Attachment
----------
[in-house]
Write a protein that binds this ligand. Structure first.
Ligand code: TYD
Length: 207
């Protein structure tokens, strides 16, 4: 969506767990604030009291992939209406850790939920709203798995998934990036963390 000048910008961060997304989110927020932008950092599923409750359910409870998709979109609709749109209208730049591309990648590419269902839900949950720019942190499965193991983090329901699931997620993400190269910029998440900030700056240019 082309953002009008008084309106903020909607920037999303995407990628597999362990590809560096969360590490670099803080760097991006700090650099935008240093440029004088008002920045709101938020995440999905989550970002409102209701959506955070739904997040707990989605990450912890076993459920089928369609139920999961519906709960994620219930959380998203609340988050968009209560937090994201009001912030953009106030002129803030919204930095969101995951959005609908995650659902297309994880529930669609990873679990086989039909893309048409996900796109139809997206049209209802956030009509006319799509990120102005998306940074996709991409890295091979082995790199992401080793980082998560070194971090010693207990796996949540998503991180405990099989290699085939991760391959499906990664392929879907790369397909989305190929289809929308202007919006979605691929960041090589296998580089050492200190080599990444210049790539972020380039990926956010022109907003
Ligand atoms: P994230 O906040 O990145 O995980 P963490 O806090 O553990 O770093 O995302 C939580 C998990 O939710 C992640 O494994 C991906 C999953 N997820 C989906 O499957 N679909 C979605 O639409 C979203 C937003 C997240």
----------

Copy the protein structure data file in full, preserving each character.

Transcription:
[in-house]
Write a protein that binds this ligand. Structure first.
Ligand code: TYD
Length: 207
């Protein structure tokens, strides 16, 4: 969506767990604030009291992939209406850790939920709203798995998934990036963390 000048910008961060997304989110927020932008950092599923409750359910409870998709979109609709749109209208730049591309990648590419269902839900949950720019942190499965193991983090329901699931997620993400190269910029998440900030700056240019 082309953002009008008084309106903020909607920037999303995407990628597999362990590809560096969360590490670099803080760097991006700090650099935008240093440029004088008002920045709101938020995440999905989550970002409102209701959506955070739904997040707990989605990450912890076993459920089928369609139920999961519906709960994620219930959380998203609340988050968009209560937090994201009001912030953009106030002129803030919204930095969101995951959005609908995650659902297309994880529930669609990873679990086989039909893309048409996900796109139809997206049209209802956030009509006319799509990120102005998306940074996709991409890295091979082995790199992401080793980082998560070194971090010693207990796996949540998503991180405990099989290699085939991760391959499906990664392929879907790369397909989305190929289809929308202007919006979605691929960041090589296998580089050492200190080599990444210049790539972020380039990926956010022109907003
Ligand atoms: P994230 O906040 O990145 O995980 P963490 O806090 O553990 O770093 O995302 C939580 C998990 O939710 C992640 O494994 C991906 C999953 N997820 C989906 O499957 N679909 C979605 O639409 C979203 C937003 C997240």